High blood pressure is famously branded the “silent killer” because it operates under the surface and doesn’t give rise to visible changes until serious damage has been inflicted. It relates to the force of the blood surging through your blood vessels. This pressure can pave the way for a heart attack to occur so reversing a high reading could save your life. Luckily, diet holds the key to warding off the threat of high blood pressure.
Mr Hobson explained: “Oily fish are very beneficial for your health. These fish contain a source of omega 3 which has been shown to have some effect on reducing blood pressure.”
However, as he pointed out, some are very high in salt and especially those that are canned such as anchovies.
“A 15g serving (1/2 can) of anchovies contains 200mg,” warned Mr Hobson.
Other risky items include:
One of the healthiest of cheeses is feta as it contains less fat and calories than regular cheddar. Just because it’s healthier in this respect doesn’t mean it is healthy in every respect. Feta cheese contains 300mg sodium per 30g serving.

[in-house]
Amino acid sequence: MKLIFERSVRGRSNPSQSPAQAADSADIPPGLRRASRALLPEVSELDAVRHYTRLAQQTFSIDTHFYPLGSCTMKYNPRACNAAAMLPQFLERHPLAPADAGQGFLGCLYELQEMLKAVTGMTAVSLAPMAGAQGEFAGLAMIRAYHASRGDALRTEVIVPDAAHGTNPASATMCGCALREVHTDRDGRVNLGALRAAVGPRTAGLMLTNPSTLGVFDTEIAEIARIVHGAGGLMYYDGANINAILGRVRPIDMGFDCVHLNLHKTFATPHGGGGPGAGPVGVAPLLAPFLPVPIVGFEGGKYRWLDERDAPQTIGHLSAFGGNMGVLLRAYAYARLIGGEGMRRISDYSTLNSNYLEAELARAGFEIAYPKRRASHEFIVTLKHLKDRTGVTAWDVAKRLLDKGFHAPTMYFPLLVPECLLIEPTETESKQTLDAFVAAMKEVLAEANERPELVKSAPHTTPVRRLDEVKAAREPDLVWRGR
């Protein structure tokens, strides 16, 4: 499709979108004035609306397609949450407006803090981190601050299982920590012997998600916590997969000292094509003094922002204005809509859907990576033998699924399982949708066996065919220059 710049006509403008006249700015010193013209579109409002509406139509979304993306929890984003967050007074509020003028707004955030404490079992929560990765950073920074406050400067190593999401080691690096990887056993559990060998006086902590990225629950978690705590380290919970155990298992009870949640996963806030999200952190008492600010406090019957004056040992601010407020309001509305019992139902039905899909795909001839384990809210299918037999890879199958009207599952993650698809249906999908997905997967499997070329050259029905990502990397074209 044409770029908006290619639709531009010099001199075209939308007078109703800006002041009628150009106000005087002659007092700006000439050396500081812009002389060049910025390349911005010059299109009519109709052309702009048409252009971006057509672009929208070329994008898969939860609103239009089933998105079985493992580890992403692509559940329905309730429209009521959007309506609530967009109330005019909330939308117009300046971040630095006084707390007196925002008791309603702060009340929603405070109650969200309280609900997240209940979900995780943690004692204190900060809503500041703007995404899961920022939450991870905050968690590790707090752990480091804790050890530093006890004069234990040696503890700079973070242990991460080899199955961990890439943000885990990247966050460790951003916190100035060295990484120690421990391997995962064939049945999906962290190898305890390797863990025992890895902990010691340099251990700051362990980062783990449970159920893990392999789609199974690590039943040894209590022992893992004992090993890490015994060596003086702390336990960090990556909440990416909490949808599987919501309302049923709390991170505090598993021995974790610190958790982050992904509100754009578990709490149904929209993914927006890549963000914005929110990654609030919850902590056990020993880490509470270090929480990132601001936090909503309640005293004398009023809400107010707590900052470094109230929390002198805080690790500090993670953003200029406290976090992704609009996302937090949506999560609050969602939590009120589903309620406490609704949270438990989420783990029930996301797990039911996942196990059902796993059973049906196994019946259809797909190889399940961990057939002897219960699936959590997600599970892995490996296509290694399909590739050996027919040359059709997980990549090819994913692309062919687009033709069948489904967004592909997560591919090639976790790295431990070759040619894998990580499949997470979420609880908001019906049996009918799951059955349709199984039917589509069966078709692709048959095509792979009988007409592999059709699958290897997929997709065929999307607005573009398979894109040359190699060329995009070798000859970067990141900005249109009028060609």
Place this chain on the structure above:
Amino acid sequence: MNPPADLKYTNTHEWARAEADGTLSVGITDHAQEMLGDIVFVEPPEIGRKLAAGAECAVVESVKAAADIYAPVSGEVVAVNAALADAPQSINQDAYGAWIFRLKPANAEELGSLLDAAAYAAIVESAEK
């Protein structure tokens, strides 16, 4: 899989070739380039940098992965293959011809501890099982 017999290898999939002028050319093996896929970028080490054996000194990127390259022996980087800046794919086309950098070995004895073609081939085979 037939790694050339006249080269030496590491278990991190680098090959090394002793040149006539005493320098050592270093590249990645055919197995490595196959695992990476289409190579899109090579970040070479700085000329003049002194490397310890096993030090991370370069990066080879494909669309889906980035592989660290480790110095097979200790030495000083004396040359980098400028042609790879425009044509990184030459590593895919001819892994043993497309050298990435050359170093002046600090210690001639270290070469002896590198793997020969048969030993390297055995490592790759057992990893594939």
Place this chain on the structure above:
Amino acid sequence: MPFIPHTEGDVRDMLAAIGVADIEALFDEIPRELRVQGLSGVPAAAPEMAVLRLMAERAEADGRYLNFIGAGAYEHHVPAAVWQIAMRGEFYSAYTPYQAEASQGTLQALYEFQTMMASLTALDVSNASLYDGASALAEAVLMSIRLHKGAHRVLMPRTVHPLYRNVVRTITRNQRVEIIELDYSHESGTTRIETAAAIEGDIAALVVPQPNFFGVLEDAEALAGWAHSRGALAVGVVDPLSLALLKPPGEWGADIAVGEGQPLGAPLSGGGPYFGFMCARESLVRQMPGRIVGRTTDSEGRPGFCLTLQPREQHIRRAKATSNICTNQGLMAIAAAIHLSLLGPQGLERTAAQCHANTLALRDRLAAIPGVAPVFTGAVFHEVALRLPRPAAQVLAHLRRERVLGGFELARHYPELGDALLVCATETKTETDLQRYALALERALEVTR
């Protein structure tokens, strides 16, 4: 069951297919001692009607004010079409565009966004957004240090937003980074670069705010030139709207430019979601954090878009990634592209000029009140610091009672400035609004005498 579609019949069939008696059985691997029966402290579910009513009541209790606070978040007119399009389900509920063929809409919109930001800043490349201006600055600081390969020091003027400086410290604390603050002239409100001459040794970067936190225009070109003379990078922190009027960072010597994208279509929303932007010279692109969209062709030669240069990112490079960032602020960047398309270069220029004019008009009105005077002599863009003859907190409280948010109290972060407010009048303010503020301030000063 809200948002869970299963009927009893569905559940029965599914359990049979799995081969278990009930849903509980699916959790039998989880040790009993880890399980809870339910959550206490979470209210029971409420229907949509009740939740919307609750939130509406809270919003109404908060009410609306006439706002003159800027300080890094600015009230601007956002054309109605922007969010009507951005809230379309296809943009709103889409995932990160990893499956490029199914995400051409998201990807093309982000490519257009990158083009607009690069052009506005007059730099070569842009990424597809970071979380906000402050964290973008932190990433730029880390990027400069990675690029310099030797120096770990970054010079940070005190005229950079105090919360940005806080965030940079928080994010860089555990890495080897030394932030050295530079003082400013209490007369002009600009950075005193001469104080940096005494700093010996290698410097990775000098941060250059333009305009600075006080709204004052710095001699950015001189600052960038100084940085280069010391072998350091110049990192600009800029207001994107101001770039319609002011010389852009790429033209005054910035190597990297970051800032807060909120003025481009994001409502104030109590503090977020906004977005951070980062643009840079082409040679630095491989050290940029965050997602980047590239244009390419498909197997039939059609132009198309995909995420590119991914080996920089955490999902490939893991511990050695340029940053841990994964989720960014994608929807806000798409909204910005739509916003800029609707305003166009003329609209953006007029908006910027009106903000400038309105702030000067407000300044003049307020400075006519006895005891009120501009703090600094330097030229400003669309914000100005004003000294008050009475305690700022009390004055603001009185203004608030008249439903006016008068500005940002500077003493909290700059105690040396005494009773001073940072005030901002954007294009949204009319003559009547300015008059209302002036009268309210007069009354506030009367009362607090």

Soup is the perfect way to get a generous serving of vegetables into your diet and fibre too if you are adding in ingredients such as beans, pulses and lentils. A 300g serving of soup contains around 900mg of sodium.
Caffeine in high doses can also raise your blood pressure and this is found in everyday drinks that are healthy in other ways. Coffee is one of the richest sources of dietary polyphenols yet it is high in caffeine. You can try to reduce your intake or opt for caffeine free which has a lower content.
The NHS explains: “Being active and taking regular exercise lowers blood pressure by keeping your heart and blood vessels in good condition.”
According to the health body, regular exercise can also help you lose weight, which will also help lower your blood pressure.
“Adults should do at least 150 minutes (two hours and 30 minutes) of moderate-intensity aerobic activity, such as cycling or fast walking, every week.”
It adds: “Physical activity can include anything from sport to walking and gardening.”